The 2010 amendments to the Arbitration Act introduced Section 19A, according to which "the parties to arbitration shall do all things necessary for the proper and expeditious conduct of the arbitral proceedings". Arguably, this includes keeping arbitration costs down by doing everything necessary at the appropriate time and in accordance with the tribunal's directions.
It may no longer be common knowledge that the 2010 amendments were championed by the Chartered Institute of Arbitrators Kenya Branch, which, having reviewed the 1995 version of the act (a wholesale adoption of the United Nations Commission on International Trade Law (UNCITRAL) Model Law), felt that there was a need to include a few safeguards and precautionary measures to ensure that tribunals had a well-anchored position within the arbitration space.
Accordingly, Section 19A was introduced to add statutory clout to party obligations (eg, to act without prompting). Further, the section reflects Section 40 of the English Arbitration Act 1996 and is thus not an original UNCITRAL Model Law provision.
One of the hallmarks of arbitration that has increased its popularity in the commercial sphere is expedition – a factor which, among other things, ought to reduce costs because time is used more effectively than if the same dispute had been resolved through litigation. Further, the outcome is generally positive because party relationships are not weakened (in fact, many continue to thrive) as the acrimony that is common in litigation has been neutralised.
However, arbitration costs are likely to increase unnecessarily where:
- egos are involved (ie, a party has something to prove);
- a party would rather settle through litigation rather than arbitration due to a weak defence;
- the claimant, whose duty it is to drive the proceedings in terms of funding, is poorly prepared;
- the claimant has a poor case and keeps changing legal representatives or disappears, thereby prolonging matters indefinitely; or
- a newly appointed legal representative is uncooperative and fights the tribunal at every stage of the proceedings.
Despite the robustness and experience of tribunals, there is little that can be done in the abovementioned scenarios other than increase party costs.
As arbitration costs are tribunals' principal (sometimes the only) means of bringing parties into line, hitting them where it hurts can take some creativity. For example, where a party ignores a tribunal's procedural orders and refuses to pay security deposits up front, it could face a weekly levy and be denied rights of audience until the debts are paid.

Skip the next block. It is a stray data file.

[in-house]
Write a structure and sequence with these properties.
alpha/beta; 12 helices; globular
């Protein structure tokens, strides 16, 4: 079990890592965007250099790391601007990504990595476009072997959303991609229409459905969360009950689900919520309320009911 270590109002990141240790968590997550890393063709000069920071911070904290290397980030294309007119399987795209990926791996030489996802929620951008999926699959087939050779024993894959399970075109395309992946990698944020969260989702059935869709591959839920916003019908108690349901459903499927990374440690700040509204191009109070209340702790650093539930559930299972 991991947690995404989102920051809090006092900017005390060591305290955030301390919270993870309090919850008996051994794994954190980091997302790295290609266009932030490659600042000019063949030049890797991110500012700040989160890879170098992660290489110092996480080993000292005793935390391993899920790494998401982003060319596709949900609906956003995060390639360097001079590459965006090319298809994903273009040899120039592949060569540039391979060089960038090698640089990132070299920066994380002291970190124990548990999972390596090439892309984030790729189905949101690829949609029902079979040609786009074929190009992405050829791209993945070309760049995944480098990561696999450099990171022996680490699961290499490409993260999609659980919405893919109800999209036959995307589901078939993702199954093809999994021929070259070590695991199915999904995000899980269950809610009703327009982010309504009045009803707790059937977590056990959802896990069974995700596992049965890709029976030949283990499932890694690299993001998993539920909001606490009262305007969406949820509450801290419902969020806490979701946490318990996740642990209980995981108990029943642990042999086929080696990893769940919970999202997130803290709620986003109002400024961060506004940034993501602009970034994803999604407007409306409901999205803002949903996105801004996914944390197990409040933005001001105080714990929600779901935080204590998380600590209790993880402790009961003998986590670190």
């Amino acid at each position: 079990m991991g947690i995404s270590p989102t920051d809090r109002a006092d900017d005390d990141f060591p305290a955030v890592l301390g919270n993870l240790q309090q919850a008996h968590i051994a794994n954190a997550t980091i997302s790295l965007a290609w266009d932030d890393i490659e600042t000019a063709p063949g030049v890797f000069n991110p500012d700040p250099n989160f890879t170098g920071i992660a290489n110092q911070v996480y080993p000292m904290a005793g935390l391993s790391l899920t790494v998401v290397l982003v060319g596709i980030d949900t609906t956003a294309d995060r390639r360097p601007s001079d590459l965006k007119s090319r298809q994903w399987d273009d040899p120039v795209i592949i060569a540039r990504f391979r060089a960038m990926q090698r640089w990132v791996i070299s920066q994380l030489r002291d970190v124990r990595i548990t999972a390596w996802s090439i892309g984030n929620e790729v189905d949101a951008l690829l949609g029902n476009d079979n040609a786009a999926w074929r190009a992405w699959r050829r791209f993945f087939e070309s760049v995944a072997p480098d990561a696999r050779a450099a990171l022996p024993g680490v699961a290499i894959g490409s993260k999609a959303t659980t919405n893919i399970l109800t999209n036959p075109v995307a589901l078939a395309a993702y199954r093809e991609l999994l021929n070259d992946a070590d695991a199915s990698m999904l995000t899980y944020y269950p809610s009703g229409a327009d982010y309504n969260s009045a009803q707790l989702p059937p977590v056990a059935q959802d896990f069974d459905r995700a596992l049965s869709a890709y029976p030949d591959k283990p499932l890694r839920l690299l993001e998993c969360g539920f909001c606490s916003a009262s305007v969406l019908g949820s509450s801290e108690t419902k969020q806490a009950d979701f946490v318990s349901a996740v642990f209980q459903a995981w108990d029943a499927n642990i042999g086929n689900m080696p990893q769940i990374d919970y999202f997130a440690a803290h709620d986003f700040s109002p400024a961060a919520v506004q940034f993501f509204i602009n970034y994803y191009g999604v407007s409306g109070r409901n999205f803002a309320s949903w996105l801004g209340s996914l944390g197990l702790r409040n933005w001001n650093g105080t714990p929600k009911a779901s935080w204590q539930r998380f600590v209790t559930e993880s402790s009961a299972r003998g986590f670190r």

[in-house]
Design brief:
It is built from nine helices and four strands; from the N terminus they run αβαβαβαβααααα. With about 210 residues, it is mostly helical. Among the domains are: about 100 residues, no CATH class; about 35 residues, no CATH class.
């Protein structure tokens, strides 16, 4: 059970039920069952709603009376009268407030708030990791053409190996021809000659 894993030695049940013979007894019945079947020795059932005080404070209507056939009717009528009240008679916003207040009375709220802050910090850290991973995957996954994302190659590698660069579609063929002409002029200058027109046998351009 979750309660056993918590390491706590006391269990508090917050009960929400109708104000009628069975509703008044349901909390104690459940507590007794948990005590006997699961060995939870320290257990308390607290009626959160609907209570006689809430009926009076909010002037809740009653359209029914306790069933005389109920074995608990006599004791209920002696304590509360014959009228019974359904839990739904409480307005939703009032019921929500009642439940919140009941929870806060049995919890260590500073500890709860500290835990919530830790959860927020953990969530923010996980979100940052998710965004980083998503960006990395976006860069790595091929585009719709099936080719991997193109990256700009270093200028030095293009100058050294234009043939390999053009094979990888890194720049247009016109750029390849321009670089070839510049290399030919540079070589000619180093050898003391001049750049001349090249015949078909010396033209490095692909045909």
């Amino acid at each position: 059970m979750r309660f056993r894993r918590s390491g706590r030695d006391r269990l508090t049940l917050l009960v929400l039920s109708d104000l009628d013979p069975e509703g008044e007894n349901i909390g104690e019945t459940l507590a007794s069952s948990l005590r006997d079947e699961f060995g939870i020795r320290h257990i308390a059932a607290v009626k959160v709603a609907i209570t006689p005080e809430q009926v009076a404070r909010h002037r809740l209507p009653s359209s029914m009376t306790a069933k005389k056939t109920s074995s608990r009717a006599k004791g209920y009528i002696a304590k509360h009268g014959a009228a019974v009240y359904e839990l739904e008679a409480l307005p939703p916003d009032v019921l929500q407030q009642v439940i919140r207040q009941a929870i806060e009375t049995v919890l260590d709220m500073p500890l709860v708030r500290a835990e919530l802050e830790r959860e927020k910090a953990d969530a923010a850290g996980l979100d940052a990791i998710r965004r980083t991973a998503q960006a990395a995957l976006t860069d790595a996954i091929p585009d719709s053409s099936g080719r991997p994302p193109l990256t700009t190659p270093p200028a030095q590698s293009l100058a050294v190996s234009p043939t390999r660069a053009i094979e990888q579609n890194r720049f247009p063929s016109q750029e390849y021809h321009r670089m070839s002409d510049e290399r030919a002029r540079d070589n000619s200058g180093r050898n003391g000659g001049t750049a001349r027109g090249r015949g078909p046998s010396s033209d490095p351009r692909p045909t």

Arguably, rising arbitration costs are due to party conduct, rather than as a result of sluggish tribunals. This raises the question of whether parties should disclose at the outset whether they can pay the security deposit and provide bank statements as evidence, which would also contribute to their Section 19A requirements.
Despite Section 19A's mandate that parties fully cooperate in order to expedite the arbitral process, party misconduct remains an issue. To remedy this, Section 26 of the Arbitration Act sets out penalties for recalcitrant or truant parties.
However, party misconduct may also be a result of economic challenges. Therefore, Article 159(2)(d) of the Constitution encourages the courts (and thereby the tribunals) to administer justice without undue regard for procedural technicalities – a robust arbitrator must have flexibility in such circumstances and not rely on the strict letter of the law.
Arbitrators must therefore determine the best course of action by considering many factors, including whether:
- the case has merit;
- prolonged proceedings would damage their reputation; and
- the respondent's actions (eg, security for costs) would result in the claimant's impecunity.
Arbitrators must also go the extra mile to protect themselves by ensuring that all of the minutes and orders for direction, as well as any arbitral awards, reflect the fact that parties can and will be held responsible for any delays in the proceedings.
For further information on this topic please contact Njeri Kariuki at The Offices of Njeri Kariuki by telephone (+254 20 221 7936) or email (firstname.lastname@example.org). The Offices of Njeri Kariuki website can be accessed at www.nka-law.co.ke.
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